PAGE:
(ANNews) – TELUS has launched a philanthropic pilot project designed to provide smartphones and phone plans to vulnerable, Indigenous women who are at risk or surviving violence. This year-long Mobility for Good, (M4G) program partners with five Alberta Native Friendship Centres across all points of the province to provide a critical lifeline to timely emergency services, reliable access to virtual healthcare and wellness resources and the ability to stay connected to friends, family and support networks.
Alberta Native Friendship Centres Association is one of the partners in this project. ANFCA Manager of Health, Wellness and Women’s Initiatives Jeanette MacInnis was an integral part of Alberta’s M4G rollout.
“The pandemic has caused some people to stay more isolated than they normally would,” explains MacInnis. “It’s a very challenging time to leave an abusive partner or leave a vulnerable circumstance, [but] this isn’t just about domestic violence.”
Explaining to TELUS that, given all the challenges the pandemic has exacerbated, it was clear domestic violence may be a narrow scope. “When we talked to TELUS we said, it has to be [broader] because we have a lot of Indigenous women and youth who are living in very vulnerable circumstances. Whether it’s intimate partner violence or housing insecurity, we needed to make sure they had access to, not only emergency services, but were able to connect with supportive services, to make sure they could do that safely.”
By leveraging technology to support Indigenous-led organizations and Indigenous led solutions, TELUS and ANFCA are, in part, advancing Reconciliation.
“TELUS is committed to doing our part to respond to the 231 Calls for Justice, specifically Call for Justice 15, by leveraging our technology to support Indigenous-led organizations and Indigenous-led solutions to advancing Reconciliation,” said Tony Geheran, TELUS Executive VP and Chief Customer Officer.
“Having a cellular device and reliable network is a vital lifeline to Indigenous women and girls at risk to get access to critical services and resources they need for their health, safety, and wellness. In partnership with Indigenous-led organizations, we hope to expand the reach and impact of our program across the country.”
The pandemic, however, continues to run interference as it hinders and isolates those that are already feeling alone. Half-way through the Alberta pilot, the five participating Friendship Centres have only distributed 30% of available phones.
“A lot of women aren’t coming into the Friendship Centres right now,” explains MacInnis, “So it’s hard to connect and know what a woman needs unless she actually comes in. It’s very hard for any woman, but particularly Indigenous women to walk into a Centre and say ‘I need help’. [They may] have a lot of trust and relationship with their local Friendship Centres, [but] it’s still a very complicated process for women to just say what they need.”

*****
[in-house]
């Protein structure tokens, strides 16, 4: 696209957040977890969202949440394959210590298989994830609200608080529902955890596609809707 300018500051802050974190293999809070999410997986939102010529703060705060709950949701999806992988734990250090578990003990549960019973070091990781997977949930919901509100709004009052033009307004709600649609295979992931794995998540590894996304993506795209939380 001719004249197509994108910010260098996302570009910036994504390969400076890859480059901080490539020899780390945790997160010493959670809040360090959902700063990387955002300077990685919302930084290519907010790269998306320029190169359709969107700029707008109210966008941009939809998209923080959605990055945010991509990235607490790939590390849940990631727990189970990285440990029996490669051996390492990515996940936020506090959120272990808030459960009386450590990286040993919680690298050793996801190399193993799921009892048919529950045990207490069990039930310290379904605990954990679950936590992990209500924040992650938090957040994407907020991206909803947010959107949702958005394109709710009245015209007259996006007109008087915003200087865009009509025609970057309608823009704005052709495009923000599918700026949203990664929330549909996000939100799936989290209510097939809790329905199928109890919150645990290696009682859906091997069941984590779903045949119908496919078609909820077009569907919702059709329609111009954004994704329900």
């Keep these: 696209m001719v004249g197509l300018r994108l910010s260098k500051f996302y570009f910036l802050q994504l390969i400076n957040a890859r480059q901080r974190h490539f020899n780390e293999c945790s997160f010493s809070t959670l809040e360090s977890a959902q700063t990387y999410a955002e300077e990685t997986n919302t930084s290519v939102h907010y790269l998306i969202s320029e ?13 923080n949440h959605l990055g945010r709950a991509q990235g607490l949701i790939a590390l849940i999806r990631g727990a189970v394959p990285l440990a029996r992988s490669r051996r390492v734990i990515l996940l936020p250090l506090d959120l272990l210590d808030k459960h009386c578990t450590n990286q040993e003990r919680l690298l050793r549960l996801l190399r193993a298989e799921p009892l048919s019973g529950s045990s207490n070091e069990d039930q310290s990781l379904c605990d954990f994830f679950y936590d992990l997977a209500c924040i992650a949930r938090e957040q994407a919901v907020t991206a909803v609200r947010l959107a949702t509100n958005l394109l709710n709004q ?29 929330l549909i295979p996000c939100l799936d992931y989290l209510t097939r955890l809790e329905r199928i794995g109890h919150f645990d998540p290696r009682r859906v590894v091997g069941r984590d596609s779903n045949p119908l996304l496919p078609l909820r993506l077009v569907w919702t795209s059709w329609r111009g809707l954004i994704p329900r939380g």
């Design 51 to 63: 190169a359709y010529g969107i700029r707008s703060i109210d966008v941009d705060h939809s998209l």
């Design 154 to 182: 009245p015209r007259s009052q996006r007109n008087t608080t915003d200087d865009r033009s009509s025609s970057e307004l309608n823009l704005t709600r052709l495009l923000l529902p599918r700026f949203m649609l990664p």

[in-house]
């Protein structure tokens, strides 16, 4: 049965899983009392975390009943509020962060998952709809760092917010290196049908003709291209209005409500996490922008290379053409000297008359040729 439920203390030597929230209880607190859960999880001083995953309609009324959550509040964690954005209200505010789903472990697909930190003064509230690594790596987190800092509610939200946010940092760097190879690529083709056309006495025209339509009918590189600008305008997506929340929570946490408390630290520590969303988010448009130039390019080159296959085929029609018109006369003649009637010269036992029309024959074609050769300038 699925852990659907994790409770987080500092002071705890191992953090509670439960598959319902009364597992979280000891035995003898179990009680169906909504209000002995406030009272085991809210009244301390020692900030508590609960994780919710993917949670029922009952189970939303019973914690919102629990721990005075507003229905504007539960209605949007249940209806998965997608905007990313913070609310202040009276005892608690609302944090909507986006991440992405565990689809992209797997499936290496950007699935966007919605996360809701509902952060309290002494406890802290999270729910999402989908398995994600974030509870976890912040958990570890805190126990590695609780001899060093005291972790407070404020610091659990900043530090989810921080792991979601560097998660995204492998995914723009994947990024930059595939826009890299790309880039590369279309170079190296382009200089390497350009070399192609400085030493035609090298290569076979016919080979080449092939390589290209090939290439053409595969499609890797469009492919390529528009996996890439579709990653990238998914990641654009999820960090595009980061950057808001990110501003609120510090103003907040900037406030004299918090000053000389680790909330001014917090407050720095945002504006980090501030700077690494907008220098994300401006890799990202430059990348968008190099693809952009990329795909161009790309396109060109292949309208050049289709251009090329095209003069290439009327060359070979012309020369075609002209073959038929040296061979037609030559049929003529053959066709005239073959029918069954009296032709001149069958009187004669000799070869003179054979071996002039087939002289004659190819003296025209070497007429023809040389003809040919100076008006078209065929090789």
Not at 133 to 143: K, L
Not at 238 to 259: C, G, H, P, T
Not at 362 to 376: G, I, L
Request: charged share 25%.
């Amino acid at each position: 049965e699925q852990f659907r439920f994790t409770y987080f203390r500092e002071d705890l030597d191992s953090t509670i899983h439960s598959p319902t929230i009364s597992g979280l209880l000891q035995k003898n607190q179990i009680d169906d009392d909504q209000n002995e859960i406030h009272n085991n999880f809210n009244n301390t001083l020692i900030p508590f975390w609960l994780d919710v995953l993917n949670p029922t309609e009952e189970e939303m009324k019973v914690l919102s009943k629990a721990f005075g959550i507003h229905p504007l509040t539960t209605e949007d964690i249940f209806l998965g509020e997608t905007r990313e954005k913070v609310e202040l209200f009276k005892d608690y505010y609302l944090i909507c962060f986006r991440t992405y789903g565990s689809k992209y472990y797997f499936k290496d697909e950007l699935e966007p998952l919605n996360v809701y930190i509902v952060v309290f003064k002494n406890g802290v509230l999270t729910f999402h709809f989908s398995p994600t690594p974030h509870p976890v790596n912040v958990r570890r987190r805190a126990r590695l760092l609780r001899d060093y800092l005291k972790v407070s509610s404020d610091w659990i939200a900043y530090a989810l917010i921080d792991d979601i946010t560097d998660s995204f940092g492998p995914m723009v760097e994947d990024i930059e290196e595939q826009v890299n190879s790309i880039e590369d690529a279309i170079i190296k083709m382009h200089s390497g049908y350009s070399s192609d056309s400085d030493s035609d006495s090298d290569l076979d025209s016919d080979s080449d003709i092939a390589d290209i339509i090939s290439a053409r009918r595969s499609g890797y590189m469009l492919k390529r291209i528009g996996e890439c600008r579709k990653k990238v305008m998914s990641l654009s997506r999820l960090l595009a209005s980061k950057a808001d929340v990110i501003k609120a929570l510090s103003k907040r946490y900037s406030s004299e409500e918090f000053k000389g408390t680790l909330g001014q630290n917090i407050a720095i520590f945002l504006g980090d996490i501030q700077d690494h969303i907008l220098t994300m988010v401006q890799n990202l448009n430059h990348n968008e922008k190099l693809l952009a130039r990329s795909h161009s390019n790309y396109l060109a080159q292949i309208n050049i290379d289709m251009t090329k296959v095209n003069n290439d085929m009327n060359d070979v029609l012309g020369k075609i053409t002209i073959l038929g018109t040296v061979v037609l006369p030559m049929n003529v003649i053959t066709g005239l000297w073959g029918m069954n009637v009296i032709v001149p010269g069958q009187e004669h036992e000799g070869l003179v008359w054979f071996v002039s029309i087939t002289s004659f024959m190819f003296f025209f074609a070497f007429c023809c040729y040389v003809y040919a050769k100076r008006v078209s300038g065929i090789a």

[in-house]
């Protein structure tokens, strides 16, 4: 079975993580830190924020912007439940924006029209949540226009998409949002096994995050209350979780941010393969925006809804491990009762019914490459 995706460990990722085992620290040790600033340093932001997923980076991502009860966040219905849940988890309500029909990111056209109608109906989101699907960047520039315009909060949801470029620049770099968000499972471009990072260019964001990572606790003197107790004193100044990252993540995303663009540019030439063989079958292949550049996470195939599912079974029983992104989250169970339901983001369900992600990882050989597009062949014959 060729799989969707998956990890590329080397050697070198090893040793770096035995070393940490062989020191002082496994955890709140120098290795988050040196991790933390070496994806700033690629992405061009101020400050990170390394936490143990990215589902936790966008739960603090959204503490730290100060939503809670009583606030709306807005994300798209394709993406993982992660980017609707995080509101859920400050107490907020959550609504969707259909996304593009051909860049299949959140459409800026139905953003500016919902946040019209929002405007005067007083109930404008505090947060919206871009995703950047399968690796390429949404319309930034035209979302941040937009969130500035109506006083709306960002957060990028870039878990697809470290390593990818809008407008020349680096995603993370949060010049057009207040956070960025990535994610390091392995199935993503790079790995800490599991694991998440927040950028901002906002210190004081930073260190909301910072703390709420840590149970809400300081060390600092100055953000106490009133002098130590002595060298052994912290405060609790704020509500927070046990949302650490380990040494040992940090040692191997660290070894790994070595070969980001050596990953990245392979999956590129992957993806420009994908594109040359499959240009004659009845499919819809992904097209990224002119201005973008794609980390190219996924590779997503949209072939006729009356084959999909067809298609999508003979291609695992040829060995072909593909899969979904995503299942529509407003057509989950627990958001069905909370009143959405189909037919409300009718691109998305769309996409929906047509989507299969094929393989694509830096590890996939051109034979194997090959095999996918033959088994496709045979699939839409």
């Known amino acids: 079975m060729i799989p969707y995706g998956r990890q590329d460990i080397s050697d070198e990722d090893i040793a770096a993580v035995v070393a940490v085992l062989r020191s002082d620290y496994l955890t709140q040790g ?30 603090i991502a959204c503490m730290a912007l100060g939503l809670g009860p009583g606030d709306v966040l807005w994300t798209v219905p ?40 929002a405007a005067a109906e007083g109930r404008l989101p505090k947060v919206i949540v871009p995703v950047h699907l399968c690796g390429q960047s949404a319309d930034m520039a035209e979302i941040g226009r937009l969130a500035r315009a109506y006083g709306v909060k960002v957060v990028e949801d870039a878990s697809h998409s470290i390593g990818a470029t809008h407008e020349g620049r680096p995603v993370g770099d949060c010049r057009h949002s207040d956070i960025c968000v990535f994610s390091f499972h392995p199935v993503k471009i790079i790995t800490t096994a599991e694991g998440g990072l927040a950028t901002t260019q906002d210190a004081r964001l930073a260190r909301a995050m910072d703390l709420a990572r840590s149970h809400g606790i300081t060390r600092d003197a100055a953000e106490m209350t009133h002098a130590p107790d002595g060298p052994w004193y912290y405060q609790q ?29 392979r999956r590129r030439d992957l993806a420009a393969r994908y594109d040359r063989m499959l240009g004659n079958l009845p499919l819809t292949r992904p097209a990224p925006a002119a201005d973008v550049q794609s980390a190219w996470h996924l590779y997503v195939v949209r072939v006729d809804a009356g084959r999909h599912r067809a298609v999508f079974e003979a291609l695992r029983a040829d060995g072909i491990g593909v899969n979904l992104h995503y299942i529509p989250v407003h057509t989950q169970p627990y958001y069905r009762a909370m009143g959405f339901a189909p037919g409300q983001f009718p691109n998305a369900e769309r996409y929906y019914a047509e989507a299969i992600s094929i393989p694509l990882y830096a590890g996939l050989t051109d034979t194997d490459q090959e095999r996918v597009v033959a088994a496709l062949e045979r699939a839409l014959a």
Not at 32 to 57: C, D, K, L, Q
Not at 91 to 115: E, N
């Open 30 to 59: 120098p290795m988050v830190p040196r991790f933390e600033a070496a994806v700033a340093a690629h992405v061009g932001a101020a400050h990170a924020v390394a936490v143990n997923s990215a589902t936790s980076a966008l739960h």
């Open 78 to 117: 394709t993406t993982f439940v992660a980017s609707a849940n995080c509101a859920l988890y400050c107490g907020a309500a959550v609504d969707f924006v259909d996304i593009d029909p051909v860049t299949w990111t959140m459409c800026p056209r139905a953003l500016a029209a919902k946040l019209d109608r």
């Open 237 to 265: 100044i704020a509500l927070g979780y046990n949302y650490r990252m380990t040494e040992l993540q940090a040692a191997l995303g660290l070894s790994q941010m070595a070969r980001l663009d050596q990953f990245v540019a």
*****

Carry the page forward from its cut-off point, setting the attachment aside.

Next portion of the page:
Alberta is starting to see the fourth wave of Covid-19 subside but Jeanette MacInnis fully expects the Alberta M4G pilot to experience its own wave. “As things start to open up, it’s important to keep in mind the Delta variant has hit Indigenous communities pretty hard. When [the pandemic slows], there’s going to be a wave of women coming forward seeking help; a wave of vulnerable women who have gone through so much during this pandemic that there will be a higher need for these resources including the phones.”
MacInnis explained how the constant messaging of women’s shelters filled and overflowing because of the overwhelming need and the whole social sector being overwhelmed with need, this may be yet another reason a lot of women are not coming forward, a fear of taking that step and being turned away. Having access to a free smartphone and plan will be one small tool that can break those feelings of being trapped and isolated by providing the means to reach out for specific support services.
“I’m really happy that TELUS has been such a great partner, not only in this initiative but other initiatives and I look forward to moving the conversation forward,” enthuses MacInnis. “Hopefully we will see the project continue and grow [as] I know it is growing across Canada.” MacInnis adds, “I also have to give props to our Friendship Centres that have been around for over 60 years. They have been front and center, helping urban Indigenous people throughout the pandemic. They are very busy and have done remarkable work.”
Women and youth living in one of the five pilot program areas, who are in need of the support the Mobility for Good program provides, please call or visit your local Friendship Centre:
Miywasin Friendship Centre in Medicine Hat (403) 526-0756; Aboriginal Friendship Centre of Calgary (403) 270-7379; Grand Prairie Friendship Centre (780) 532-5722; Red Deer Native Friendship Centre (403) 340-0020; and Hinton Friendship Centre Society (780) 865-5189.
Dale Ladouceur, Local Journalism Initiative Reporter, Alberta Native News